50. best way to passively cool a building
    keep heat from entering building in the first place
  51. Water based Thermal Storage
    water has higher capacity to hold energy than wood/stone
  52. Principles of Airflow
    • 1. Air flows either because of natural convection current, caused by differences in temperature, or because of differences in pressure. Always from high to low pressure.
    • 2. Conservation of air.
    • 3.Air has mass ( and thus momentum) and it will tend to continue in its direction until altered by an obstruction of adjacent airflow.
    • 4. The overall effect of wind at a site is so large that locally deflected airflow will tend to return to the direction and speed.
    • 5. Laminar airflow is smooth with adjacent air moving in similar direction and speed. Slow, gentle alterations of flow direction preserve laminar flow, while abrupt alterations result in turbulent flow.
    • 6.Bernoulii effect - an increase in the velocity of a fluid decreases its static pressure; velocity of air increases with height above ground; Result: air pressure at roof is lower than at ground level resulting in exhaust of air through roof openings
    • 7. Venturi effect - causes an acceleration when laminar airflow is constricted in order to pass through an opening; if constriction is so abrupt to create turbulence, Venturi acceleration is minimized
    • 8. High and low pressure areas - as air hits the windward side of a building, it compresses and creates a positive pressure. At the same time, air is sucked away from the leeward side, thus creating negative pressure.
    • 9. Cross-ventilation requires an outlet as well as an inlet
    • 10. Stack effect - can exhaust air by natural convection (because hot air rises)
  53. Solar chimney
    induce heating of air to draw ventilation through building
  54. Approaches to Heating
    • 1. Mechanical Heating
    • 2. Passive Solar Heating
    • 3. Heat Retention
  55. Passive Heating Strategies
    • 1. Maximize solar radiation
    • A. southern exposure
    • B. thermal storage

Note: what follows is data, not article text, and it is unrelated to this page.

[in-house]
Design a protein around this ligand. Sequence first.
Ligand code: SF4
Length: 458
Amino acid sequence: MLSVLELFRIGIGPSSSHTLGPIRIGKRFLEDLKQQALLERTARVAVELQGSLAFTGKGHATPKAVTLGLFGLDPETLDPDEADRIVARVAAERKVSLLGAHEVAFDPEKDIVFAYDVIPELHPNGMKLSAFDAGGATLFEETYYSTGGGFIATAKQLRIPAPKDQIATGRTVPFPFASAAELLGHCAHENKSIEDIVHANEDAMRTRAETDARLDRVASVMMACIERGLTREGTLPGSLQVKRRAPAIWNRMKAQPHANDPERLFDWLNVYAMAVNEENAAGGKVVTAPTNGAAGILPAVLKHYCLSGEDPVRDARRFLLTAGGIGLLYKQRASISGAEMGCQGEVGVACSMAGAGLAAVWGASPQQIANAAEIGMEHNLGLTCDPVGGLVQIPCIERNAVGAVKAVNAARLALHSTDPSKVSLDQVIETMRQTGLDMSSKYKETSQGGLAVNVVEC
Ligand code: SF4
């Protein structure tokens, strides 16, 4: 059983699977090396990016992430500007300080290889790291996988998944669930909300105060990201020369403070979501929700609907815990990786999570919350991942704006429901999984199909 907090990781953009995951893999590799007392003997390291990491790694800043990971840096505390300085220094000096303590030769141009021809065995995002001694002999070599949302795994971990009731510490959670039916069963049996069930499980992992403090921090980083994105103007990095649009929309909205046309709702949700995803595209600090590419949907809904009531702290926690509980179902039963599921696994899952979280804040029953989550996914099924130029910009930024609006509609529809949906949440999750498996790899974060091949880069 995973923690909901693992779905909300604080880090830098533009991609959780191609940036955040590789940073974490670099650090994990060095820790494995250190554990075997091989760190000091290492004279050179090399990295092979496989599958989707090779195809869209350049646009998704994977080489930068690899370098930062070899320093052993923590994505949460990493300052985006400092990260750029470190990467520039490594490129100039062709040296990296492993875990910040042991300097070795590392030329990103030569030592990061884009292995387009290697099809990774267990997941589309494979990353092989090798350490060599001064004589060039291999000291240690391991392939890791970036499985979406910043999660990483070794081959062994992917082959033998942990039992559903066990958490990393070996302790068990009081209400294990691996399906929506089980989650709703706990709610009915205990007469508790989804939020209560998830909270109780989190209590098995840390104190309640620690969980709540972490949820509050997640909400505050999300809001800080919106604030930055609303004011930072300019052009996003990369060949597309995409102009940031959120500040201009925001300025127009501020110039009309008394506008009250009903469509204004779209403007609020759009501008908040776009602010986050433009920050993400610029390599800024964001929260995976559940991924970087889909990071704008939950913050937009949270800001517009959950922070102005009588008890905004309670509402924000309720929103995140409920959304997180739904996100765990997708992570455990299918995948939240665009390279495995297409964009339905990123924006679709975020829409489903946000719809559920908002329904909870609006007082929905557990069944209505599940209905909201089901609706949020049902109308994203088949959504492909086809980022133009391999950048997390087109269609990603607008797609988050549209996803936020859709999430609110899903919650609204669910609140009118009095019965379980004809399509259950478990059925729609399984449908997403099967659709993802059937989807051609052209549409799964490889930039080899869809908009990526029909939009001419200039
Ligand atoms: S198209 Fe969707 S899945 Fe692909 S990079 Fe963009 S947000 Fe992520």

• 2. Avoid winter wind
    • A. heat loss through convection
    • B. infiltration
    • 3. Buffer north exterior wall with less frequently used spaces
    • A. bathrooms, storage, mechanical, etc.
    • 4. Passively warm outdoor air before it enters space
  56. Greenhouse Effect
    collects and traps solar radiation during the day; glass allows short radiation to pass through and change to a long wavelength therefore it becomes traps and can no longer pass through
  57. Thermal mass/color
    massive floors should be medium to dark in color while the finish of non-massive materials should be light
  58. Trombe wall
    uninsulated wall operates by convection while insulated are fan assisted; air between glass and wall is heated, rises, and enters living space; has the ability to reduce building heating load by up to 35%
  59. Water wall
    a wall built with a water surface is more efficient in storing heat than timber, stone, and brick
  60. Exposed surface area
    the greater the exposed surface area, the greater the rate of heat loss/gain
  61. Degree Days (DDs)
    • - there are Heating DDs (HDD) and Cooling DDs (CDD)
    • - refer to average daily temperature below or above a base temperature; each day’s mean temperature is subtracted from base temperature which equals the number of DDs for that day
    • i.e. high: 70 F low 32 F = mean 51
    • 60-51 = 9 HDD60
    • - good for comparing buildings within a climatic region
  62. Importance of IAQ
    • - health and well-being of building occupants
    • - productivity
    • - lawsuits
    • - professional responsibility
    • - 90% of time spent indoors
  63. Sick Building Syndrome (SBS)
    symptoms improve with time away from problem building and recur on return to building; temporary
  64. Building Related Illness (BRI)
    illness brought on by exposure to building air where symptoms of diagnosable illness are identified and can be directly attributed to environmental agents in the air
  65. Possible Sources of IAQ
    • 1. Building materials
    • 2. HVAC
    • 3. Construction/design
    • 4. Landscaping and site planning
    • 5. Indoor equipment
    • 6. People
    • 7. Animals/insects
  66. Strategies to Improve IAQ
    • - sustainable green design
    • - space planning
    • - avoid cross contamination of supply air
    • - maintenance schedule
    • - construction site maintenance
    • - displacement